Greg Zuerlein (figure skater)

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Greg Zuerlein
2011 Four Continents Madison CHOCK Greg ZUERLEIN.jpg
Chock and Zuerlein in 2011.
Personal information
Country represented United States
Born (1988-10-26) October 26, 1988 (age 25)
Cincinnati, Ohio
Residence Northville, Michigan
Height 1.73 m (5 ft 8 in)
Former partner Madison Chock, Anastasia Olson
Former coach Igor Shpilband, Marina Zueva, Tatiana Gladkova
Former choreographer Igor Shpilband, Marina Zueva
Skating club Arctic FSC
Former training locations Canton, Michigan
Began skating 1993
Retired June 2011
ISU personal best scores
Combined total 151.86
2011 Worlds
Short dance 61.47
2011 Worlds
Free dance 90.39
2011 Worlds

Greg Zuerlein (born October 26, 1988) is an American former ice dancer. With Madison Chock, he is the 2009 World Junior champion, 2008 JGP Final champion, and 2011 U.S. national bronze medalist. They competed together from 2006 to 2011.

Personal life[edit]

Zuerlein was born in Cincinnati, Ohio. He enrolled in Schoolcraft College. His older sister competed in synchronized skating at Junior Synchro Worlds.[1] In March 2014, Zuerlein married Philippe Maitrot, who is originally from France.[2]


Chock / Zuerlein at 2010 Trophee Bompard

Zuerlein began skating at the age of four. He competed in single skating at the 2002 and 2003 U.S. junior championships on the juvenile level. In 2004, he took up ice dancing.[1]

Zuerlein skated with Anastasia Olsen from 2002 through 2006. They won the bronze medal in intermediate dance in 2005 and placed 12th at the novice level at the 2006 U.S. Championships.[1]

He teamed up with Madison Chock in June 2006.[1] After placing 5th in the novice division at the 2007 U.S. Championships, they were assigned to the 2007–2008 ISU Junior Grand Prix event in Tallinn, Estonia, which they won. They won the bronze medal at their second event, qualifying them for the 2007-2008 Junior Grand Prix Final, where they placed 5th.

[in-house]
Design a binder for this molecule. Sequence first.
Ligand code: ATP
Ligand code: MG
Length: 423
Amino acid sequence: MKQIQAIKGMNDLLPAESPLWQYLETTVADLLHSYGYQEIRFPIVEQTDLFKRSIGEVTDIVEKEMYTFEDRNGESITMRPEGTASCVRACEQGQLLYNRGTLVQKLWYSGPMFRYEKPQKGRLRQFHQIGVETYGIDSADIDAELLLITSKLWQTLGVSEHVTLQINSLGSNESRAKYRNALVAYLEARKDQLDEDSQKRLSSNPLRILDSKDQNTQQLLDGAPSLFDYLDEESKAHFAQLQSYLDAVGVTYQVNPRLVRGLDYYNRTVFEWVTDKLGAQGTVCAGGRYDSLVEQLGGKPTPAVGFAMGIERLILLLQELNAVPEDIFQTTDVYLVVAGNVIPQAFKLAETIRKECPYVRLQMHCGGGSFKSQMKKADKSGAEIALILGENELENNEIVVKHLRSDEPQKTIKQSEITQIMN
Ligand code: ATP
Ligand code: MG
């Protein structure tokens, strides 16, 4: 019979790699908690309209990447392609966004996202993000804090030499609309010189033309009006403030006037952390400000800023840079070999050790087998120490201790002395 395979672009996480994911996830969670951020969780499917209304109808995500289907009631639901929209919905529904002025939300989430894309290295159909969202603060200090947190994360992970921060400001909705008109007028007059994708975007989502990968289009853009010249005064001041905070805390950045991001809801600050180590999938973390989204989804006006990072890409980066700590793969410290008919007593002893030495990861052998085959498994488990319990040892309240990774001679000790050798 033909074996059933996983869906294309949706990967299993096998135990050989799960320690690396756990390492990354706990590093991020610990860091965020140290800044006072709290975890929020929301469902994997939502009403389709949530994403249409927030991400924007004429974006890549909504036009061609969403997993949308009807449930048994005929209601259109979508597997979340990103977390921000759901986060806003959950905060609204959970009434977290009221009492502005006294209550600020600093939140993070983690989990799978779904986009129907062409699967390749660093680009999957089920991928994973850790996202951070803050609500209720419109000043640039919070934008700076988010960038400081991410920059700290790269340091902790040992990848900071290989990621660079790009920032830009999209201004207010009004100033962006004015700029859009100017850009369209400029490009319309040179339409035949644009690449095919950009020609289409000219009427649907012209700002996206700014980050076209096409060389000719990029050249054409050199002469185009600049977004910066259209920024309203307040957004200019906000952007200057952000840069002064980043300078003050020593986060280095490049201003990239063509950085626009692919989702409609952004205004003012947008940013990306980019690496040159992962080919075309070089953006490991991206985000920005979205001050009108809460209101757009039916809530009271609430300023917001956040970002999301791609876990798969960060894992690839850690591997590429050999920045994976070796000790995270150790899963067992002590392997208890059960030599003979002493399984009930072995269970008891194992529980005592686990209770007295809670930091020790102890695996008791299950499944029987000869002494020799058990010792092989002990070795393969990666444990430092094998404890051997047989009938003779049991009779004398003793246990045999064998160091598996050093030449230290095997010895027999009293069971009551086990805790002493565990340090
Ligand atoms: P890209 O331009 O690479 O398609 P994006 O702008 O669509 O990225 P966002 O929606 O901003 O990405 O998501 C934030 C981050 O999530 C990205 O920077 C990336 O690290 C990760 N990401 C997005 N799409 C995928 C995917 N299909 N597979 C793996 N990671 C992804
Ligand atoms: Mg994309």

During the 2008–09 season, Chock and Zuerlein won gold at the Junior Grand Prix Final and at the U.S. Junior Championships. They capped off the season by becoming World Junior champions.

In 2009–10, Chock and Zuerlein made their senior Grand Prix debut, finishing 6th and 8th at 2009 Skate America and 2009 Cup of China respectively. They placed 5th in their senior national debut.

Chock and Zuerlein won their first senior Grand Prix medal, bronze, at 2010 Skate Canada International. They won a second bronze medal at 2010 Trophée Eric Bompard. They won their first senior national medal, bronze, at the 2011 U.S. Championships. They made the team to the Four Continents where they finished 5th. They finished 9th in their first and only appearance at the World Championships, setting personal best scores in both segments of the competition.

On June 7, 2011, Chock and Zuerlein announced the end of their five-year partnership, with Zuerlein retiring from competition.[3][4]


(with Chock)

Season Short dance Free dance Exhibition
  • Cabaret (soundtrack)
  • Nothing Else Matters
    performed by Santa Esmeralda
  • Satellite
    by J. Moreno feat. Santana
Original dance
  • Yema Ya
  • Agua Nile
    by Afro-Cuban Folk

Competitive highlights[edit]

With Chock[edit]

Event 2006–07 2007–08 2008–09 2009–10 2010–11
Worlds 9th
Four Continents 5th 5th
GP Bompard 3rd
GP Cup of China 8th
GP Skate America 6th
GP Skate Canada 3rd
International: Junior[10]
Junior Worlds 1st
JGP Final 5th 1st
JGP Estonia 1st
JGP Germany 3rd
JGP Italy 1st
JGP U.K. 1st
U.S. Champ. 5th N. 3rd J. 1st J. 5th 3rd
Pacific Coast 1st N.
GP = Grand Prix; JGP = Junior Grand Prix
Levels: N. = Novice; J. = Junior

With Olson[edit]

Event 2005–06
U.S. Championships 12th N.
Pacific Coast Sectionals 4th N.
N. = Novice level


  1. ^ a b c d Mittan, J. Barry (March 8, 2009). "Chock Full of Gold". Retrieved March 28, 2011. 
  2. ^ Brannen, Sarah S.; Meekins, Drew (April 1, 2014). "The Inside Edge: Yankowskas gets back in the game". IceNetwork. 
  3. ^ "Madison Chock and Greg Zuerlein Announce End of Partnership". U.S. Figure Skating. June 7, 2011. Retrieved June 7, 2011. 
  4. ^ Golinsky, Reut (October 12, 2011). "Catching up with Greg Zuerlein". Absolute Skating. Retrieved October 13, 2011. 
  5. ^ "Madison CHOCK / Greg ZUERLEIN: 2010/2011". International Skating Union. Archived from the original on July 19, 2011. 
  6. ^ a b c d e f "Madison Chock / Greg Zuerlein". IceNetwork. Archived from the original on July 13, 2011. 
  7. ^ "Madison CHOCK / Greg ZUERLEIN: 2009/2010". International Skating Union. Archived from the original on June 15, 2010. 
  8. ^ "Madison CHOCK / Greg ZUERLEIN: 2008/2009". International Skating Union. Archived from the original on June 1, 2009. 
  9. ^ "Madison CHOCK / Greg ZUERLEIN: 2007/2008". International Skating Union. Archived from the original on January 7, 2008. 
  10. ^ a b "Competition Results: Madison CHOCK / Greg ZUERLEIN". International Skating Union. Archived from the original on January 26, 2012. 

External links[edit]

Media related to Greg Zuerlein at Wikimedia Commons